Sports activities[edit]

Double Eagle V[edit]

Aoki partially funded and crewed the Double Eagle V, the first balloon to successfully cross the Pacific Ocean. The Double Eagle V launched from Nagashima, Japan, on November 10, 1981, and landed in Mendocino National Forest in California 84 hours and 31 minutes later. It traveled a record 5,768 miles (9,283 km).[15] The Double Eagle V's four-man crew consisted of Rocky Aoki with Albuquerque balloonists Ben Abruzzo, Larry Newman, and Ron Clark. Overshadowed by the concurrent Space Shuttle mission STS-2, the Double Eagle V failed to attract the same degree of media attention as the earlier Double Eagle flights.[16]

Powerboat racing[edit]

Aoki competed professionally as an offshore powerboat racer along with the 1986 APBA world champion Powerboat throttleman Errol Lanier, a former Fort Lauderdale, Florida, fireman who saved his life in a near-fatal powerboat crash in 1979 under the Golden Gate Bridge.[8]

Despite several crashes and failures to finish due to damage to his boat or mechanical failures, Aoki was quite successful as an offshore racer, winning several races. He twice won the Benihana Grand Prix in Point Pleasant, New Jersey, sponsored by his own company. The second time in 1982 in a comeback three years after his devastating San Francisco crash.[17] After injuries suffered in an accident later in the 1982 season, Aoki told sportswriters that he was leaving the sport.[18]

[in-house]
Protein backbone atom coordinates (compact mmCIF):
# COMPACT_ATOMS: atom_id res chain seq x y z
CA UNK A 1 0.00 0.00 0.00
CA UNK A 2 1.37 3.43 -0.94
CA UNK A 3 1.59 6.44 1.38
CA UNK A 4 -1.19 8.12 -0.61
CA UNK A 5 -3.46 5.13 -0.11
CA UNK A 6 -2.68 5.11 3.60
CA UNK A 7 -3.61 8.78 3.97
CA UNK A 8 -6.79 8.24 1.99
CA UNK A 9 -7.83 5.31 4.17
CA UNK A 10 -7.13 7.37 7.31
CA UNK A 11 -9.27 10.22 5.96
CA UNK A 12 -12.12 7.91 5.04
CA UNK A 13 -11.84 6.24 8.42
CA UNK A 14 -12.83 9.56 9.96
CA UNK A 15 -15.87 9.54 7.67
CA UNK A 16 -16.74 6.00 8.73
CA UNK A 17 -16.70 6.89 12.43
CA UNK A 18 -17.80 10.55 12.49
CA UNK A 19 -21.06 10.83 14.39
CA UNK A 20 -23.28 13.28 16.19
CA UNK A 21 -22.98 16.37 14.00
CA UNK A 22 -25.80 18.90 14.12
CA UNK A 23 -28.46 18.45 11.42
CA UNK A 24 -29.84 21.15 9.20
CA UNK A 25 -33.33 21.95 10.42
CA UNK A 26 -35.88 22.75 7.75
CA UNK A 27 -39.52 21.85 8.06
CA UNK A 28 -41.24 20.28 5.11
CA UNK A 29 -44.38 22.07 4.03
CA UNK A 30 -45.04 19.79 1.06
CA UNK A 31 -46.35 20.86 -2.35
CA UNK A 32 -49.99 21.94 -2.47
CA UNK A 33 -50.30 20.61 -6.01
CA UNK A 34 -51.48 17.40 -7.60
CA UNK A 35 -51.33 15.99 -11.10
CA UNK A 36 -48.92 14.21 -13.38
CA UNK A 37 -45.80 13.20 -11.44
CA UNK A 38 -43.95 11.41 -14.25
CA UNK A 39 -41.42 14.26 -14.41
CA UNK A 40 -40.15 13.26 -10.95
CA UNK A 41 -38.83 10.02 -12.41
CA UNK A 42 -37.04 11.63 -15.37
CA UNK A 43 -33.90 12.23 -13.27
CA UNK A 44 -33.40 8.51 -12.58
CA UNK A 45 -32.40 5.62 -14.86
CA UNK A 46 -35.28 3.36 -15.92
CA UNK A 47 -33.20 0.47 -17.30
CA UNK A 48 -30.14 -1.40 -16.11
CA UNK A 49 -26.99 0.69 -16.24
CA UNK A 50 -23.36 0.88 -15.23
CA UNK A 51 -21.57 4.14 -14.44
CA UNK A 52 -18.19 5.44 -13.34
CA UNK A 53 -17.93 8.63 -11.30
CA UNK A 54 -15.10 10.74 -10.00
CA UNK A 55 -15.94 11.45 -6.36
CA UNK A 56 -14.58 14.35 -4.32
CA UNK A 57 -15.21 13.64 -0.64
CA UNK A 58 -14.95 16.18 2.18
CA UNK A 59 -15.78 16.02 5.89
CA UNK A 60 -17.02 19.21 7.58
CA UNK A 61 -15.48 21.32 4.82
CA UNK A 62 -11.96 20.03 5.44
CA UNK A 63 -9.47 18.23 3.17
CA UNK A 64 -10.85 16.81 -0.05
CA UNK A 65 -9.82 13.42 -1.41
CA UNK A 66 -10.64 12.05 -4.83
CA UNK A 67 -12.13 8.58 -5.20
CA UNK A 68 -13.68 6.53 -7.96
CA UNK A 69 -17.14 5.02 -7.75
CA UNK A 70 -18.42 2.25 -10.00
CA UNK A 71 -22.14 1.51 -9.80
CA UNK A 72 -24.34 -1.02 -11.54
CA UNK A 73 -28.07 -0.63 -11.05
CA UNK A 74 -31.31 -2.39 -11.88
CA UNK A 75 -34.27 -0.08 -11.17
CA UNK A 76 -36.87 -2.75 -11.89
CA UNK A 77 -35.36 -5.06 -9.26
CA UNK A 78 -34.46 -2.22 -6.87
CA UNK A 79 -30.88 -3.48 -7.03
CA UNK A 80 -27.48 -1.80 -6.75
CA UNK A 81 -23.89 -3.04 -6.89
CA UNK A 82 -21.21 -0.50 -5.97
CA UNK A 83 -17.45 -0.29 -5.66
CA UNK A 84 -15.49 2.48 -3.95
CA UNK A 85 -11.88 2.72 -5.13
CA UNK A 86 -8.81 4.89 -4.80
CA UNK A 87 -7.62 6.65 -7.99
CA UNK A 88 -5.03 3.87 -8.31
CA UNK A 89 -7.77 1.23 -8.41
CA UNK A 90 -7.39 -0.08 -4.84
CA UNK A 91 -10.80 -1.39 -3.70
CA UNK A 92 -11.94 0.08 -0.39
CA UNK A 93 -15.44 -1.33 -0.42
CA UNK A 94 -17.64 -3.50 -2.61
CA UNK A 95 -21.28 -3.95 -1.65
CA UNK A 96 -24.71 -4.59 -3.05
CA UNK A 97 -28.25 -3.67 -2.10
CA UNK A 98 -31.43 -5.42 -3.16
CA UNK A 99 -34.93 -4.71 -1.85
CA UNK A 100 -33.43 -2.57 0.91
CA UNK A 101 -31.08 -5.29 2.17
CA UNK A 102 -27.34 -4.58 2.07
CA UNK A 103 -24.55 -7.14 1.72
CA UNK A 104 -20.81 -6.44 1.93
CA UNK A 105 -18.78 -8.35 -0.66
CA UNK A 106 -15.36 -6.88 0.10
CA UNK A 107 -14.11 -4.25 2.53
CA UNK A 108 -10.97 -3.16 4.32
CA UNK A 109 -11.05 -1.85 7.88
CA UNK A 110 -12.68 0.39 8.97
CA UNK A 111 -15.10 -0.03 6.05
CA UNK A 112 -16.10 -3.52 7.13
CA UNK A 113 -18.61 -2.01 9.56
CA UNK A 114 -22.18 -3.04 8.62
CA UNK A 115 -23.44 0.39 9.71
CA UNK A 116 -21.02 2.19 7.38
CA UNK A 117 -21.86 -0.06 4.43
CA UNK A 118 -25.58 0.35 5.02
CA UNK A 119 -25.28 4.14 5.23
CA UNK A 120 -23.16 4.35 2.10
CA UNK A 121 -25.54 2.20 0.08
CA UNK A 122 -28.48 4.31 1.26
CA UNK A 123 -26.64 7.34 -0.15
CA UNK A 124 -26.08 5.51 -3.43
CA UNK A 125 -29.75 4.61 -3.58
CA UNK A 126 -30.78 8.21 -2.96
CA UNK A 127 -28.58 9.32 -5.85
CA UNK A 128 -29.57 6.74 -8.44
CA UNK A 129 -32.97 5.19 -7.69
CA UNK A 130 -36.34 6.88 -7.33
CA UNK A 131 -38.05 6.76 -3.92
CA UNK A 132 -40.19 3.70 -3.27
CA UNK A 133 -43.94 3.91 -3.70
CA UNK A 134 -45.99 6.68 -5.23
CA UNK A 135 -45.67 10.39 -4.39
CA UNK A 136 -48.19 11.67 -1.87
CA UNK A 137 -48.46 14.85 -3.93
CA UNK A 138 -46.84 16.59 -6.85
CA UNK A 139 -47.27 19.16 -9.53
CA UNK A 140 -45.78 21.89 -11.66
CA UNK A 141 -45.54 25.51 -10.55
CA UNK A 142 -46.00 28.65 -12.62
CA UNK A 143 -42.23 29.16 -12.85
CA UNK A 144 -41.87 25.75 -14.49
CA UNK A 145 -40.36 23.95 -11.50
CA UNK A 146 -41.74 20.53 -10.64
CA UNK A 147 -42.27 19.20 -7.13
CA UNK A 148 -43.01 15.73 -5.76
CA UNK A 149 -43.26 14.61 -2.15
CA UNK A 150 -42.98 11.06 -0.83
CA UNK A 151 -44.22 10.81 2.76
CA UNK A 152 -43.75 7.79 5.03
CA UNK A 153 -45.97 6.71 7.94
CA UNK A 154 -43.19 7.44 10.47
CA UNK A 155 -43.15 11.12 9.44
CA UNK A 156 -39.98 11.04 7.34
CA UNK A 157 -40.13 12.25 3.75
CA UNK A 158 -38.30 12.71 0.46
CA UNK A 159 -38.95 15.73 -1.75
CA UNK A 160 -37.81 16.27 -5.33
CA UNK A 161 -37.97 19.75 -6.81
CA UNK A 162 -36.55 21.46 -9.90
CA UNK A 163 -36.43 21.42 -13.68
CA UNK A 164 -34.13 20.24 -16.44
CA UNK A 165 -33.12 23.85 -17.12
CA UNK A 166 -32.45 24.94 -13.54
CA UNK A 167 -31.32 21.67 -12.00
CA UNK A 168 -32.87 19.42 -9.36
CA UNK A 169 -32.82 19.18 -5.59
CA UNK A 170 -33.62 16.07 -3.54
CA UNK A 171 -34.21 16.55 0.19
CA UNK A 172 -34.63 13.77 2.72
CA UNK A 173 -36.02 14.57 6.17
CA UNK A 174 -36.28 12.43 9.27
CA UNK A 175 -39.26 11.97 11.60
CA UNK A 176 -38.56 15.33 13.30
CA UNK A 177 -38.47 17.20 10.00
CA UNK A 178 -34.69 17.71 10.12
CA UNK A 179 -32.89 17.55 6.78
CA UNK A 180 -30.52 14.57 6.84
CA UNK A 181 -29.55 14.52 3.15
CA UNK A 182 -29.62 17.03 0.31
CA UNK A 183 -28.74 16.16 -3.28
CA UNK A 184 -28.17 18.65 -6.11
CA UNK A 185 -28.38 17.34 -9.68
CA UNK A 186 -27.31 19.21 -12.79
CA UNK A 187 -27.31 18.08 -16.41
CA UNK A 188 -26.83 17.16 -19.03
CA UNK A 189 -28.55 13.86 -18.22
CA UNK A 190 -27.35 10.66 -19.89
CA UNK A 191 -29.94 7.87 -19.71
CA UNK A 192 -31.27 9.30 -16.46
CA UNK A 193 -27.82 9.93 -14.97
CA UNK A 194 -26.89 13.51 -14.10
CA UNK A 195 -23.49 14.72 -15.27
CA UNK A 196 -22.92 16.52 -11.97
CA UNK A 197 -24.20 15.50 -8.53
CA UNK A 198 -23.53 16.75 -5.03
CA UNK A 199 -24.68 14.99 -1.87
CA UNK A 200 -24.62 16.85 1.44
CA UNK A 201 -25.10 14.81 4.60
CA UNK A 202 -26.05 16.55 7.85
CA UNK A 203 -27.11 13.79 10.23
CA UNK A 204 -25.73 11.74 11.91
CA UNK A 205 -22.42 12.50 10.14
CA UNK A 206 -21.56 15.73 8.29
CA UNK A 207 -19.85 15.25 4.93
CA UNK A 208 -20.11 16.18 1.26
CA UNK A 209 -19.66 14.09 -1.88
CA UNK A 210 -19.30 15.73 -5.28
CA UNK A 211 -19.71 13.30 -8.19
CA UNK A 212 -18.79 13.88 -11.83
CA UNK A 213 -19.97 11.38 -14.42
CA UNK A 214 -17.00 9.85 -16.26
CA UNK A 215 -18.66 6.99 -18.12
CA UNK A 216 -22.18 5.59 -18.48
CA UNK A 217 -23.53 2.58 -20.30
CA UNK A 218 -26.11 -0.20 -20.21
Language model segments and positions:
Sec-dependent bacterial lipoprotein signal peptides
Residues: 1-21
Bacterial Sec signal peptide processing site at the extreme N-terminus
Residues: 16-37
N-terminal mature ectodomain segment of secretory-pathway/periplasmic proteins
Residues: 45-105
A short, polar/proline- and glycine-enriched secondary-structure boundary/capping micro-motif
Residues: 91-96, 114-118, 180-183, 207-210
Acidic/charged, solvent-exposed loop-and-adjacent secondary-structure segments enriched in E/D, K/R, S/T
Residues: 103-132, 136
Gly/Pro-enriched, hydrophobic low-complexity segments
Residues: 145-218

On June 9, 1998, Aoki was charged with insider trading and profiting by more than $590,000 from it.[19] The U.S. Attorney's office in Brooklyn charged Aoki with six counts of insider trading and one count of conspiracy based on trading upon inside information about Spectrum Information Technologies Inc.[20] According to the indictment, Aoki learned through Donald Kessler, a former stock promoter, inside information concerning Spectrum's imminent hiring of John Sculley, then-chairman of Apple Computer Inc., as the chairman of Spectrum, and bought 200,000 shares of Spectrum stock. That stock rose 46% the day that this hiring was publicized.[20]

In 1999, Aoki pleaded guilty to insider trading charges and was fined $500,000 and given three years' probation.[10] Aoki was placed in deportation proceedings as a result of his guilty plea/conviction, but was granted relief by an immigration judge and his permanent resident ("green card") status maintained. He eventually became a United States citizen.[4]

In 2005, Aoki sued four of his children (Grace, Kevin, Kyle, and Echo) for an alleged attempt to take control of the companies he founded, which, at the time, had an estimated value between US$60–100 million.[4]


Aoki was a recipient of the Award of Excellence from The International Center in New York.[citation needed] He was inducted into the National Wrestling Hall of Fame in 1995.[8]


Aoki died on July 10, 2008, of pneumonia in New York City. At the time of his death, he had been suffering from diabetes, Hepatitis C, and cirrhosis of the liver.[8] His hepatitis was reportedly the result of a blood transfusion after a 1979 speedboat crash under the Golden Gate Bridge.[4]